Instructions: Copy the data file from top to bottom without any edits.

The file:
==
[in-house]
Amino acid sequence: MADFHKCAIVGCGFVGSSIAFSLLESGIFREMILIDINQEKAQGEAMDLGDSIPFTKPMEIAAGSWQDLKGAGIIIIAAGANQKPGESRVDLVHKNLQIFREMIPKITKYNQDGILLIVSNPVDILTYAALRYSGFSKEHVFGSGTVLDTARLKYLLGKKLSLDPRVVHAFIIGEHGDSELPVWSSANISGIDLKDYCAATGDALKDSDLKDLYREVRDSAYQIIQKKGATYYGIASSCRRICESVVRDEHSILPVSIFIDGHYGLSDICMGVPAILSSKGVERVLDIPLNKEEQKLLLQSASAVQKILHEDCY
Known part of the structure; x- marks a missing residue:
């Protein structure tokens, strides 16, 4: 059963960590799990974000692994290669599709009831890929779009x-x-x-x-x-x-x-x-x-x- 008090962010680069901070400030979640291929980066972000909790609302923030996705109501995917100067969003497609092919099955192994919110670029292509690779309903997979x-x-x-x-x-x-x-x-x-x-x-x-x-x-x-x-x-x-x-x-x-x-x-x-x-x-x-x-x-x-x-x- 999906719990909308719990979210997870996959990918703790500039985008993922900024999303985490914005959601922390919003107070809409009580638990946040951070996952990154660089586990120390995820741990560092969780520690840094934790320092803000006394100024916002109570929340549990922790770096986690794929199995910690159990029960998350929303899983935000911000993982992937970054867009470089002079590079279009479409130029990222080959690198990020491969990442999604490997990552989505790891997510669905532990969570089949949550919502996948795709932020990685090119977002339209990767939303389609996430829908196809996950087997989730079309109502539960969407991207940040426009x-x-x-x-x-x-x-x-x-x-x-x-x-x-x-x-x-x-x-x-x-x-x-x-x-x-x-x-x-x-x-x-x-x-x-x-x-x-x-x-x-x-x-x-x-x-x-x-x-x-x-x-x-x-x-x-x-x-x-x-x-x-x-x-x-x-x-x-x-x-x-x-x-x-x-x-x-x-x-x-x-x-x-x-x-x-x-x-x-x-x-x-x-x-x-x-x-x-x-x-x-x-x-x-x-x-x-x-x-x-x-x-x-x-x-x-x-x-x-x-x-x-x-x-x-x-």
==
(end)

[in-house]
Amino acid sequence: MADFHKCAIVGCGFVGSSIAFSLLESGIFREMILIDINQEKAQGEAMDLGDSIPFTKPMEIAAGSWQDLKGAGIIIIAAGANQKPGESRVDLVHKNLQIFREMIPKITKYNQDGILLIVSNPVDILTYAALRYSGFSKEHVFGSGTVLDTARLKYLLGKKLSLDPRVVHAFIIGEHGDSELPVWSSANISGIDLKDYCAATGDALKDSDLKDLYREVRDSAYQIIQKKGATYYGIASSCRRICESVVRDEHSILPVSIFIDGHYGLSDICMGVPAILSSKGVERVLDIPLNKEEQKLLLQSASAVQKILHEDCY
Known part of the structure; x- marks a missing residue:
């Protein structure tokens, strides 16, 4: 059963960590799990974000692994290669599709009831890929779009x-x-x-x-x-x-x-x-x-x- 008090962010680069901070400030979640291929980066972000909790609302923030996705109501995917100067969003497609092919099955192994919110670029292509690779309903997979x-x-x-x-x-x-x-x-x-x-x-x-x-x-x-x-x-x-x-x-x-x-x-x-x-x-x-x-x-x-x-x- 999906719990909308719990979210997870996959990918703790500039985008993922900024999303985490914005959601922390919003107070809409009580638990946040951070996952990154660089586990120390995820741990560092969780520690840094934790320092803000006394100024916002109570929340549990922790770096986690794929199995910690159990029960998350929303899983935000911000993982992937970054867009470089002079590079279009479409130029990222080959690198990020491969990442999604490997990552989505790891997510669905532990969570089949949550919502996948795709932020990685090119977002339209990767939303389609996430829908196809996950087997989730079309109502539960969407991207940040426009x-x-x-x-x-x-x-x-x-x-x-x-x-x-x-x-x-x-x-x-x-x-x-x-x-x-x-x-x-x-x-x-x-x-x-x-x-x-x-x-x-x-x-x-x-x-x-x-x-x-x-x-x-x-x-x-x-x-x-x-x-x-x-x-x-x-x-x-x-x-x-x-x-x-x-x-x-x-x-x-x-x-x-x-x-x-x-x-x-x-x-x-x-x-x-x-x-x-x-x-x-x-x-x-x-x-x-x-x-x-x-x-x-x-x-x-x-x-x-x-x-x-x-x-x-x-």